The petition delineates evidence that Yucca Mountain does not meet the Site Suitability Guidelines for a permanent nuclear waste repository as established by the Department of Energy, under current law at the outset of the high-level waste program. The presence of even a single "disqualifier" at Yucca Mountain requires the Secretary of Energy to disqualify the site. The petition shows two disqualifying factors already documented, while a host of unresolved issues remain that could also rule out the site. Disqualifying factors pertain to elements of the repository system that would undercut the goal of a nuclear waste disposal site: to isolate the waste from the environment for as long as it is hazardous. Irradiated fuel from commercial reactors and bomb-making must be isolated for about a quarter-million years.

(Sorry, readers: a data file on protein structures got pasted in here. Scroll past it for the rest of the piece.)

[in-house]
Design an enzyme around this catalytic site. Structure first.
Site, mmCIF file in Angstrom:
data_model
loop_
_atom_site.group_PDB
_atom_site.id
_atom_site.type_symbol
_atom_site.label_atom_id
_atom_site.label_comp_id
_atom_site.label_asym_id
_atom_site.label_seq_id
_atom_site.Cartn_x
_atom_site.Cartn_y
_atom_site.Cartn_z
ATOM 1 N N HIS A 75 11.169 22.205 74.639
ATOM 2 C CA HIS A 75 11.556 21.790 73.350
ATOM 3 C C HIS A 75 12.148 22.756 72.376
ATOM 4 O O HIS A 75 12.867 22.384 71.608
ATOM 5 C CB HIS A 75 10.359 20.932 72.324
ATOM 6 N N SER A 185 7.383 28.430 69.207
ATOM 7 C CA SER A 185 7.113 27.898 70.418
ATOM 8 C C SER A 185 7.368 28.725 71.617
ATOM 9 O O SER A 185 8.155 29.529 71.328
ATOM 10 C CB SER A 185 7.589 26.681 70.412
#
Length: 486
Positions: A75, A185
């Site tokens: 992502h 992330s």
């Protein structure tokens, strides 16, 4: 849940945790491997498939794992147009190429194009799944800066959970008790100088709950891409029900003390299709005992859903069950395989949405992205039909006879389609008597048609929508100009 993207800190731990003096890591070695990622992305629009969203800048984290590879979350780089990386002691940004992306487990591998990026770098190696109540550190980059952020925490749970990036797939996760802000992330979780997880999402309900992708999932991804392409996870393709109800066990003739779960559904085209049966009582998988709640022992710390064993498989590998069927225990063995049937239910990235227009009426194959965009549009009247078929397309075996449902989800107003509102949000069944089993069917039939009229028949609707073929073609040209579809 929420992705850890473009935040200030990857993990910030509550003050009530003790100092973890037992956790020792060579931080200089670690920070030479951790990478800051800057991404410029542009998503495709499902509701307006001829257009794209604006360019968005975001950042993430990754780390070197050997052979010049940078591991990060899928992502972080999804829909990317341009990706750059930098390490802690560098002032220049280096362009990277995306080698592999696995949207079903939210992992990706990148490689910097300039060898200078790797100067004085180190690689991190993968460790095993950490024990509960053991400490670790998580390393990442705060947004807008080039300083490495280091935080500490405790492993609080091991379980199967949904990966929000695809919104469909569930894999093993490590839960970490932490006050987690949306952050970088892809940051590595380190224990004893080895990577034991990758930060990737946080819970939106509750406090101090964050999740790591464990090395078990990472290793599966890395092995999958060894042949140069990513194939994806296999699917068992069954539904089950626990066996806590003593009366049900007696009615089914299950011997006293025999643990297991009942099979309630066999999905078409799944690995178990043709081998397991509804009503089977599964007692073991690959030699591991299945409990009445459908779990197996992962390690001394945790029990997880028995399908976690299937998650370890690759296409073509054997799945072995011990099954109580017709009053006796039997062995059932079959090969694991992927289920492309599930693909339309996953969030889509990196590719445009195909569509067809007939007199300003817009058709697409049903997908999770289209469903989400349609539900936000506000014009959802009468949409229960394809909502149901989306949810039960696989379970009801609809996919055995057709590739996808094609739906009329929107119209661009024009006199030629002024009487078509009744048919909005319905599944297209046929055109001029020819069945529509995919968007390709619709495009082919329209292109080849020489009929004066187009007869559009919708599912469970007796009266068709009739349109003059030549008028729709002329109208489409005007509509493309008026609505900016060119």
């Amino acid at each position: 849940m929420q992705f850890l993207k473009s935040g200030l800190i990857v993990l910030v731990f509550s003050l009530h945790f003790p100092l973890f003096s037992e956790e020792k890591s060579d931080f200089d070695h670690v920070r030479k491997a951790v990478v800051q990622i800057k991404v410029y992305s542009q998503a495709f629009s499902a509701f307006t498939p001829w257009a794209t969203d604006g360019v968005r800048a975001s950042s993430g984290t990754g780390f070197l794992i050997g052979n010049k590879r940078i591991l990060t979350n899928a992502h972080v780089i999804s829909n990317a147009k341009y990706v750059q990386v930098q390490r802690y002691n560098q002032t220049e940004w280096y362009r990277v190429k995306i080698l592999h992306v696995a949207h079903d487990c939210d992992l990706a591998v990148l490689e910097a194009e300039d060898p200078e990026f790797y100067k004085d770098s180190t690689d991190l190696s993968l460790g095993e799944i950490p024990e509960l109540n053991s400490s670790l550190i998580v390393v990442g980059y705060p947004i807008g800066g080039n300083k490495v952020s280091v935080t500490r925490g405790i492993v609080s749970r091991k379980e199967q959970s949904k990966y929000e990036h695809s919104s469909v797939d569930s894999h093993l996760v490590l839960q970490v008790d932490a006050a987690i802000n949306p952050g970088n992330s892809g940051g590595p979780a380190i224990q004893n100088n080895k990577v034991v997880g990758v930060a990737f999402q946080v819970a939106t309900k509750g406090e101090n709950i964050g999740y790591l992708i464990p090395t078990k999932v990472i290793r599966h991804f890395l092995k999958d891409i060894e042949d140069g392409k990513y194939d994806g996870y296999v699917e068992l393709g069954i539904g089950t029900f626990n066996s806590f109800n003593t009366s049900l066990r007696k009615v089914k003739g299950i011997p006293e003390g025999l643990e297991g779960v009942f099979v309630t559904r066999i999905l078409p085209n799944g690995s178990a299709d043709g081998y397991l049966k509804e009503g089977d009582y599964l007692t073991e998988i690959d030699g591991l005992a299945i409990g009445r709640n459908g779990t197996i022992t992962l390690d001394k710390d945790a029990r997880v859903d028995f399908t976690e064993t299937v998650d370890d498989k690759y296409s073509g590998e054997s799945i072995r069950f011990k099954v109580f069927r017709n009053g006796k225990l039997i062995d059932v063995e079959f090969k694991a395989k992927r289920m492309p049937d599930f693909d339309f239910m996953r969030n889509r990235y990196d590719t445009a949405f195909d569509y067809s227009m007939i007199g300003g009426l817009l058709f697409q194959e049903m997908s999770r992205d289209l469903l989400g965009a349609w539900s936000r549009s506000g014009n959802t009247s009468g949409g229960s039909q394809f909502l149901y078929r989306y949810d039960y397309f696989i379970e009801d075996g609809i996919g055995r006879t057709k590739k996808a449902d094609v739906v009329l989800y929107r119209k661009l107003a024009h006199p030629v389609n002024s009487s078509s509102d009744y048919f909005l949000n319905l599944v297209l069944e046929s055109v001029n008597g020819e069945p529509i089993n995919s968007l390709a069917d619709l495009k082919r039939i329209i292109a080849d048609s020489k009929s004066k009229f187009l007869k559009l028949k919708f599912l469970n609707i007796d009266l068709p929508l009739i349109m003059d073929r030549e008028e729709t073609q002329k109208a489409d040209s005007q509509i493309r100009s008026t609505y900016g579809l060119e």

"Under law, the Secretary must act on any day that it is clear that a prospective site has a disqualifying condition to reject the site from further consideration as a nuclear waste dump. It is only the decision to use the site that requires a lengthy process of validation. The Secretary must not ignore the new information that shows that Yucca Mountain will leak if nuclear waste is buried there," said Mary Olson, a nuclear waste specialist with NIRS. "Earthquakes at that site have fractured the rock. Thirty-five active faults in the area have registered more than 600 quakes of 2.5 or greater magnitude just in the last 20 years. New data has shown that when it rains the water moves very quickly from the surface to the ground water. If you put nuclear waste in the middle of that mountain, sooner or later it will leak. We can't afford to make a mistake with this waste, it contains more than 95% of the radioactivity of the Nuclear Age," concluded Olson.